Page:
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accountable and we need to be able to fire them. as it is right now, we can't even fire the executives. >> we've asked the secretary shinseki to join us on cnn to talk about these issues. so far, he's declined all those requests. how do you -- what does that say to you? >> it tells me he's hiding. this is a general. and now he's afraid? afraid of what? you should be coming out and leading the charge. this woman did this recently in seattle -- >> she's the one that was put on leave. >> yes, she falsified records in seattle. there was nine suicides reported when it was really twice to almost three types that of veterans. she falsified records. instead of being moved out, she was moved up. what is wrong with this picture? >> very proud, by the way, that cnn really, over these past several months, drew griffin, the entire cnn investigations unit, they've really been focusing in on this, because this is outrageous, what's going on to our veterans. a final thought? >> well, we need to get the v.a.
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accountability management act passed. this is going to hold executives accountable. it's senate bill 2013. i say to everybody write your representati representative, get it passed. still ahead, frustration mounting in nigeria over the lack of progress in finding dozens and dozens and dozens of kidnapped young girls. we're taking a closer look. what can the u.s., if anything, do about this? plus, the search for flight 370 soon begins a whole new phase. ♪ [ banker ] sydney needed some financial guidance so she could take her dream to the next level. so we talked about her options. her valuable assets were staying. and selling her car wouldn't fly. we helped sydney manage her debt and prioritize her goals, so she could really turn up the volume on her dreams today...and tomorrow. so let's see what we can do about that... remodel. motorcycle. [ female announcer ] some questions take more than a bank. they take a banker. make a my financial priorities appointment today.
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in 1 super fiber. more than two weeks ago, 230 young schoolgirls were kidnapped in the middle of the night in nigeria. now their parents, their friends, a social come pain is under way, asking everyone to help find them. militants dragged the girls out of their beds, herded them on to trucks and disappeared into the woods. nigerian have criticized the nigerian government for its handling of the rescue efforts. i'm joined by jennifer kooshg director of the africa program at the center for strategic and international studies here in washington. this is really an outrageous story, jennifer. it's a shocking, shocking development. you studied this for a long time. you know nigeria. you've seen this before. how likely is it that these girls will be free? >> it's not impossible at this point. they may still be under arms of the militant group, kind of still in one central location. there's a possibility of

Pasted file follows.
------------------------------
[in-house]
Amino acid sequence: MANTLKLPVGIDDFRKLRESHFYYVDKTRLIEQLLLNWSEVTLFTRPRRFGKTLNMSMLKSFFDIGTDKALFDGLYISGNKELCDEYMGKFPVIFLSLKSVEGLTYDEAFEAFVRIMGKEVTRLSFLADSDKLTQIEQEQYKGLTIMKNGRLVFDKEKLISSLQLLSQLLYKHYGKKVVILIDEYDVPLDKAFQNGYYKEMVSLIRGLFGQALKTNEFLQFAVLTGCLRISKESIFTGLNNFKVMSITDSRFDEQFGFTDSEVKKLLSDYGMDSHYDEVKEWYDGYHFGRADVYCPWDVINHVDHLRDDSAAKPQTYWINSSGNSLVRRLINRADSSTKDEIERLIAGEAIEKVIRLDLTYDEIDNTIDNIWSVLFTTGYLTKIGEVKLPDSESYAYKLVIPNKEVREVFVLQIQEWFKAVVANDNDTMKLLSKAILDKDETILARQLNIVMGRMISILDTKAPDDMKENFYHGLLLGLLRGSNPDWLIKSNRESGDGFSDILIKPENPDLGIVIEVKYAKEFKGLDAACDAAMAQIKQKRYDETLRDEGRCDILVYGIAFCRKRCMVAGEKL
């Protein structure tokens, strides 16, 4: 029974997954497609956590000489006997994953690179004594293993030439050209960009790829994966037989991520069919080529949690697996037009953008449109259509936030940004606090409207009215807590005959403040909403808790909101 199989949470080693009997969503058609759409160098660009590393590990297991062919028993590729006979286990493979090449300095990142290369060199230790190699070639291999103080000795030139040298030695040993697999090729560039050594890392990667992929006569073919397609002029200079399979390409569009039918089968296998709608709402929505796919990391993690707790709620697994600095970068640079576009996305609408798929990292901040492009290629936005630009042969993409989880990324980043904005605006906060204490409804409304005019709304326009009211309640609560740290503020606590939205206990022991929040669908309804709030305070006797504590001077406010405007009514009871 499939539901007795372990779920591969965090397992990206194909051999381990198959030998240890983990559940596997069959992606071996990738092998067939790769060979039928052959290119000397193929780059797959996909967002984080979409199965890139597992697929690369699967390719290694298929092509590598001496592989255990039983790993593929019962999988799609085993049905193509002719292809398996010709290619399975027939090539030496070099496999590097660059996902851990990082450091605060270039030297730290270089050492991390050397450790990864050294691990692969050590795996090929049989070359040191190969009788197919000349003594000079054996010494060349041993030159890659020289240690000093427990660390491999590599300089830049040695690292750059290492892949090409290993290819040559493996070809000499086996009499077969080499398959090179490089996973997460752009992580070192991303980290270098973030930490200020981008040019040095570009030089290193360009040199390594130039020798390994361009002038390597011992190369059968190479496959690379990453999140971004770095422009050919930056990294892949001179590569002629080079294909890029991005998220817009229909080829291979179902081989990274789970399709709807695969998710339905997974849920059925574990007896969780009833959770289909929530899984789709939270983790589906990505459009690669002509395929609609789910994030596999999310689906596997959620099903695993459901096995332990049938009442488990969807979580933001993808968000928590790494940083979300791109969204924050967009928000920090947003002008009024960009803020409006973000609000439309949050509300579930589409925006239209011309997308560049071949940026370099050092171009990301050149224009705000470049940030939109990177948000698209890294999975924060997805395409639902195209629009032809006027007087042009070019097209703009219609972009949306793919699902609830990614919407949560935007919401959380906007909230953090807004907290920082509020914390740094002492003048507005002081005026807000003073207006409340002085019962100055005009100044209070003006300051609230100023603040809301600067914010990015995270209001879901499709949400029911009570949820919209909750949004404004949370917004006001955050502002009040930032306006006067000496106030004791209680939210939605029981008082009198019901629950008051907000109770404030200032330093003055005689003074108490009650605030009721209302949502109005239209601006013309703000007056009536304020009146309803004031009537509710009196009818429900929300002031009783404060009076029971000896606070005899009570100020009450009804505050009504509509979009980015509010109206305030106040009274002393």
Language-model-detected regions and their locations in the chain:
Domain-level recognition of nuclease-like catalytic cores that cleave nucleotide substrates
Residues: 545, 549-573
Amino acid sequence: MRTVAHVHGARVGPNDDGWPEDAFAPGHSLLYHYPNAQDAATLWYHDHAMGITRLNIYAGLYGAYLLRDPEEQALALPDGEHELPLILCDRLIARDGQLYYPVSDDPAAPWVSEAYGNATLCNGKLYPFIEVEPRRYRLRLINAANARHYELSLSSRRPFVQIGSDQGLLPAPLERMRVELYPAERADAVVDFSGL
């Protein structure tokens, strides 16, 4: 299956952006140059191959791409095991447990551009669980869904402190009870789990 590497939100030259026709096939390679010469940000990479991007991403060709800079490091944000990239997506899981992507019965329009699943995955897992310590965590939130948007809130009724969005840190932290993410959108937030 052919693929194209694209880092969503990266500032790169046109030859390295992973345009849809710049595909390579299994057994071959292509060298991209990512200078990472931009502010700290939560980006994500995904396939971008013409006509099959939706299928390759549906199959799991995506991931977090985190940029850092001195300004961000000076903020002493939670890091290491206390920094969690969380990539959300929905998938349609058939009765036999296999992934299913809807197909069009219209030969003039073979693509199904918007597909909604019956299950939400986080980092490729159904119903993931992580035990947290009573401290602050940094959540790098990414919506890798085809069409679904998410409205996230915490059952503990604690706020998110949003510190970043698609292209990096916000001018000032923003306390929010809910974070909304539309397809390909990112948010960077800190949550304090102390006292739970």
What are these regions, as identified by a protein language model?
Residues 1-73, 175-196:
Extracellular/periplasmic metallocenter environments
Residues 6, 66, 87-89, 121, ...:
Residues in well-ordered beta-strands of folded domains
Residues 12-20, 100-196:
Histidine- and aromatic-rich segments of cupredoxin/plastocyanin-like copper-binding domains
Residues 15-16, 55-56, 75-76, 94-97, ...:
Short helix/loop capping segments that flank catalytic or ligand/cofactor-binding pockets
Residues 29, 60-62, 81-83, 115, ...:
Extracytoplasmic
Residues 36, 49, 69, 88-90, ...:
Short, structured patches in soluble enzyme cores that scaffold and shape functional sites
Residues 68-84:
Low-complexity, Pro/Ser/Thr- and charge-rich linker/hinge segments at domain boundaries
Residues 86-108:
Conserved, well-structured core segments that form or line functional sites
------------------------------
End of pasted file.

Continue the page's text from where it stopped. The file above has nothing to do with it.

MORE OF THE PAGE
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negotiation of some kind. right now, a military strike against wherever they're encamped is probably going to result in a lot of casualties and nobody wants to see that. so i think we have to -- it has to be approached extremely delicately. frankly, the nigerian military is not known for its delicate surgical strikes. >> is there anything the united states or others can do to help nigeria, which is a friendly country, deal with this issue? 230 young girls are being held by this group. this is a militant islamist group that doesn't believe girls should get an education. >> yes, i mean, this is an egregious group. i think we can help generally in the security response. in this particular case where you're talking about a hostage situation, perhaps we can provide some surveillance, air support, advice on hostage negotiation, but this is going to be a delicate negotiation at this point.